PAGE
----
AMOLF NanoLab Amsterdam is a facility for materials fabrication and characterization down to the nanometer scale.
Originating from a joint-venture of the FOM-Institute for Atomic and Molecular Physics (AMOLF), the University of Amsterdam (UVA) and the Free University of Amsterdam (VU) in 2003, it aims to provide state-of-the art opportunities in nano research, primarily for the scientific community within the greater Amsterdam area. It is one of the partners in NanoLabNL. It act as a regional facility for users from University of Amsterdam, VU University Amsterdam, Utrecht University and a number of external business users.
Go to the website of AMOLF NanoLab Amsterdam.
Hans Zeijlemaker, head AMOLF NanoLab Amsterdam
‘The NanoLab staff produce one-off nanostructures because the equipment you need to make something so small is difficult to use. However, oftentimes for an experiment a series of nanostructures is needed and in such a series each structure is slightly different from the rest. In this instance we train and supervise the PhD students to make the structures themselves. That gives them the chance to get a better feeling for their own sample, how they can improve it, and what its limits are. Things never go right the first time and sometimes it is a struggle to produce the structure required. That is hardly surprising. After all we are pushing back the boundaries of what is possible because we want to do something new that nobody else has done before.’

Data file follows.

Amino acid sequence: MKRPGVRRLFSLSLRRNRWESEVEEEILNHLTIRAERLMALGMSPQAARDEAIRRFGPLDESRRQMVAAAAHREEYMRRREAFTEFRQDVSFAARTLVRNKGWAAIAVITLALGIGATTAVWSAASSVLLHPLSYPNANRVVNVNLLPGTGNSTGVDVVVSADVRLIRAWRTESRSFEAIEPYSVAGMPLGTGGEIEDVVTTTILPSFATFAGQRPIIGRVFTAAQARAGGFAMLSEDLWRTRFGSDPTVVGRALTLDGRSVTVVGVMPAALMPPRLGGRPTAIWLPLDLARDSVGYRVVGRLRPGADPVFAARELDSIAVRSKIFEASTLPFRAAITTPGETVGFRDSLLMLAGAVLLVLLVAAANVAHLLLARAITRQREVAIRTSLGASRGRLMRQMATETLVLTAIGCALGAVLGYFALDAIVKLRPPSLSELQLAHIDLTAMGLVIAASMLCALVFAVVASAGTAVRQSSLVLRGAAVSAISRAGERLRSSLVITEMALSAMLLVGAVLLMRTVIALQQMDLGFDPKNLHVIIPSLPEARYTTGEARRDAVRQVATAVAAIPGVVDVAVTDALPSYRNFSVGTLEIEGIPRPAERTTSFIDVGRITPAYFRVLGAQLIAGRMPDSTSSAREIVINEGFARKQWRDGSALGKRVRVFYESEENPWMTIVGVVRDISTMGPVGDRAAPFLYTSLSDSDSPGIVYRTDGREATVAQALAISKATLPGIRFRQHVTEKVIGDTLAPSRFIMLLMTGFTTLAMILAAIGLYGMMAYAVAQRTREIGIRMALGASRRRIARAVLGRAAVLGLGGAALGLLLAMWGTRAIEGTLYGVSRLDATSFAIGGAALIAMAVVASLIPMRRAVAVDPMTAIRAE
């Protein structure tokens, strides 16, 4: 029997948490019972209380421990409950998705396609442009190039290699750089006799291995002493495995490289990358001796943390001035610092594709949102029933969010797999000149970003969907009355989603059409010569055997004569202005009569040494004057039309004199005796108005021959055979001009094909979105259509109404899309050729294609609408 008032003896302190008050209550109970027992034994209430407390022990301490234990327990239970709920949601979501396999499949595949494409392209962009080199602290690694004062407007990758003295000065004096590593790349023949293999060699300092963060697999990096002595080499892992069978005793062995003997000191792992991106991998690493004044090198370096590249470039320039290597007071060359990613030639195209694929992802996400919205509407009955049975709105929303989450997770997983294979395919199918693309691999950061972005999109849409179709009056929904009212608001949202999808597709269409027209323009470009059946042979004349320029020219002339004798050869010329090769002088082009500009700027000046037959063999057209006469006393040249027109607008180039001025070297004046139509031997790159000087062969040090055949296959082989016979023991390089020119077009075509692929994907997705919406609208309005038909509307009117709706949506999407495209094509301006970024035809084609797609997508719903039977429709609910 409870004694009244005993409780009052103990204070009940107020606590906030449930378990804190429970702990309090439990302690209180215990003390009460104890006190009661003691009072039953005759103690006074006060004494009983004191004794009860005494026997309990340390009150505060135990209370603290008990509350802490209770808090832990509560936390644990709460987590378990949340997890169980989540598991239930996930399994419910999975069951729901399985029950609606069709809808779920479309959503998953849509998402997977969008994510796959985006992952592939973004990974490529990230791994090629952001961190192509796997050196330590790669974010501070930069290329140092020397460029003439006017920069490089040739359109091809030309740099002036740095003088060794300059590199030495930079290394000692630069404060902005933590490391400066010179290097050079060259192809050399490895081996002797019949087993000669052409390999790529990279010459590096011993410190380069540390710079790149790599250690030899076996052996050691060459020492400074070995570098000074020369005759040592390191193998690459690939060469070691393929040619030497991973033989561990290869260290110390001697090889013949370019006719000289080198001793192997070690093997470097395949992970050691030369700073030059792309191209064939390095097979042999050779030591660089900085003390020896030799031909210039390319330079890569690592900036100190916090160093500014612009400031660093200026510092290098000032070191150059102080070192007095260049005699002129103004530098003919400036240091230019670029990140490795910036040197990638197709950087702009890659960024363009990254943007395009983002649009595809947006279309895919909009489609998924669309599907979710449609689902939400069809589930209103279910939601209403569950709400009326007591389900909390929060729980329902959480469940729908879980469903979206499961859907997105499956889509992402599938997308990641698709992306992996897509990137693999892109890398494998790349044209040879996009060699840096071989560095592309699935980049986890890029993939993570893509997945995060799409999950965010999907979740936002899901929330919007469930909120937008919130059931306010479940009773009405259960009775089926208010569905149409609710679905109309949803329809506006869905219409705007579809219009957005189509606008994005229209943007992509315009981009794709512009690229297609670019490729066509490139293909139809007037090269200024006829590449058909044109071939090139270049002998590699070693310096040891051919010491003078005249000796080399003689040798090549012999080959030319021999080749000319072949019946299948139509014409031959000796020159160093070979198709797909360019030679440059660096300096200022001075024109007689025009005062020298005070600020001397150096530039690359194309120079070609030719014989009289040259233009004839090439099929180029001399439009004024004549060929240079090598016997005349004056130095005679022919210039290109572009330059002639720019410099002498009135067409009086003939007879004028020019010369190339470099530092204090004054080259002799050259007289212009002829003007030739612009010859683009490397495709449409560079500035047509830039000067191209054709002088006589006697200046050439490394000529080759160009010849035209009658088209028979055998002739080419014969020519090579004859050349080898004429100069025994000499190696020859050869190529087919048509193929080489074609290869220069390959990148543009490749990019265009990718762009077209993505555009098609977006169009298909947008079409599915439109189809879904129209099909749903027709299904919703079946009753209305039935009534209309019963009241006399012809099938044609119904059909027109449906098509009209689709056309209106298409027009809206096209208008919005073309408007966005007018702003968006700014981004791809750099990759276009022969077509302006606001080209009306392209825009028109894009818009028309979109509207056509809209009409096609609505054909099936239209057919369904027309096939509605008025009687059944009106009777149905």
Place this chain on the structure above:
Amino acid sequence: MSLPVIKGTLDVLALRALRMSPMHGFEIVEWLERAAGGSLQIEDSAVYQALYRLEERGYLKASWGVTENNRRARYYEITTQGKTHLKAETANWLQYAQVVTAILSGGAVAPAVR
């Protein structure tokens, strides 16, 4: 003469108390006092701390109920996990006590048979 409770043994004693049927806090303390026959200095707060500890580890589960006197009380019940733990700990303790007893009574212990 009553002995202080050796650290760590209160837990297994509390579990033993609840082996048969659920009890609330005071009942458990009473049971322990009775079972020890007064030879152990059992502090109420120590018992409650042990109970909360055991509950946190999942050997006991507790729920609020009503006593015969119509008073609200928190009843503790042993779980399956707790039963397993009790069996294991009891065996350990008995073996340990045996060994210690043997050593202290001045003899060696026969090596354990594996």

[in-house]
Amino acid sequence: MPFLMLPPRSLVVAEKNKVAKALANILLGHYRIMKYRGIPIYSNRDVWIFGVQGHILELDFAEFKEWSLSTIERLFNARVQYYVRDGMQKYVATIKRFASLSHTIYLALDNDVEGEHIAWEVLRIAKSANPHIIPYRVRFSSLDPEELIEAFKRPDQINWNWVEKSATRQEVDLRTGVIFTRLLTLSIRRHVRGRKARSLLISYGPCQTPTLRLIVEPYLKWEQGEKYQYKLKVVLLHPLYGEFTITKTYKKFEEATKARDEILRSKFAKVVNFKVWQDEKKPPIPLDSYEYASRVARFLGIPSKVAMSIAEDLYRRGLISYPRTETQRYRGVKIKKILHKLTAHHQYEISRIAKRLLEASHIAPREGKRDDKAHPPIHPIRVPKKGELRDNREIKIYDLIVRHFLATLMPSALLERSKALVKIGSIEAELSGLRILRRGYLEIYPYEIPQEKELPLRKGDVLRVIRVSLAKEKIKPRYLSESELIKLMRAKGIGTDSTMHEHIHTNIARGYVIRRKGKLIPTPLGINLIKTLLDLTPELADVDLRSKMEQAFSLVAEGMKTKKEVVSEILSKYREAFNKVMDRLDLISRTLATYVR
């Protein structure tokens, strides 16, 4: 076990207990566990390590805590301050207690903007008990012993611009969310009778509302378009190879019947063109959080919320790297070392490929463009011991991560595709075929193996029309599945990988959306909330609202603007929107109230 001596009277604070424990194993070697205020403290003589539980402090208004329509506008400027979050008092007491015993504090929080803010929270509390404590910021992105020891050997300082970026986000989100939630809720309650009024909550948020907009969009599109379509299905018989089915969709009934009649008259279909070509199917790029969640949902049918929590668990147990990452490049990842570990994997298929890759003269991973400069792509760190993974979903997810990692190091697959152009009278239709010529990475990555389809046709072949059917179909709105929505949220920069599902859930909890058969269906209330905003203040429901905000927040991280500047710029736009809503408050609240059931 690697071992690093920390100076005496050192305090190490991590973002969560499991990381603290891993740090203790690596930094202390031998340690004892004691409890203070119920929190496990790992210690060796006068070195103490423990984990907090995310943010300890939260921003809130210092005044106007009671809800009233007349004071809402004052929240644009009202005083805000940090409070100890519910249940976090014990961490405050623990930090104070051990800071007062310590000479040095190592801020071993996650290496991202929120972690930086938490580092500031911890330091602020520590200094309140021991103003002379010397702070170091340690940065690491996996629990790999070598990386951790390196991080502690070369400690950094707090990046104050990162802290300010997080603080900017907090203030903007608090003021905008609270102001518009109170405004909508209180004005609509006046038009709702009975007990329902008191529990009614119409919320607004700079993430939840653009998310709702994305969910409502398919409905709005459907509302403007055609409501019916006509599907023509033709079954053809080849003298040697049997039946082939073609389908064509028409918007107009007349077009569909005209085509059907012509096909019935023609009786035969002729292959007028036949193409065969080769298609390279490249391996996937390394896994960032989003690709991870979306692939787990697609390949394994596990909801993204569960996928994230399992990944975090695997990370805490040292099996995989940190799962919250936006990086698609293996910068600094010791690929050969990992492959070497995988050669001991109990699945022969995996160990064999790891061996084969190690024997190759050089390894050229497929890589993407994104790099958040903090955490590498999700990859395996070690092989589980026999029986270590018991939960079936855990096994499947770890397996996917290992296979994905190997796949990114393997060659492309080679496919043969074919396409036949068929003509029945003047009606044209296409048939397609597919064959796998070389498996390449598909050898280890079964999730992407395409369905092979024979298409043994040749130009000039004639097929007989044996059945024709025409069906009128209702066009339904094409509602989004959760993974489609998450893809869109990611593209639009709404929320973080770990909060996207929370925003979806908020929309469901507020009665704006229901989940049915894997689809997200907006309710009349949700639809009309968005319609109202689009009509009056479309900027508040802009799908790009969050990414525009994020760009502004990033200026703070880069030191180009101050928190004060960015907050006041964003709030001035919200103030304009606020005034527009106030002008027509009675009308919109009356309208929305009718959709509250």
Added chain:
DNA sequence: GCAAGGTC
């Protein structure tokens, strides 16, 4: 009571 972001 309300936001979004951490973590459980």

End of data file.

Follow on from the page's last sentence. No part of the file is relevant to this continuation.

‘There are about 60 users in the NanoLab. Every three months about twenty people leave and twenty new people come. Our users are not just from AMOLF, ARCNL, and the Amsterdam universities but also from Leiden University, Utrecht University and start-ups. We are not the biggest facility for nanostructures in the Netherlands. However, we are fast and flexible and we are less worried about contaminating our setups. We are here to make groundbreaking research possible and that means taking risks.’
‘Our work is very multifaceted. We make nanostructures for experiments using light and we produce microchips using different lithographic techniques. We can vapor deposit almost all metals and we are trying to improve a highly advanced electron microscope together with its manufacturer FEI. And, if necessary, we can build an entirely new instrument ourselves. Our challenge is to solve a wide range of problems: physical, chemical and technical.’
What I like about my work:
There is always something new happening and you never need to get bored here.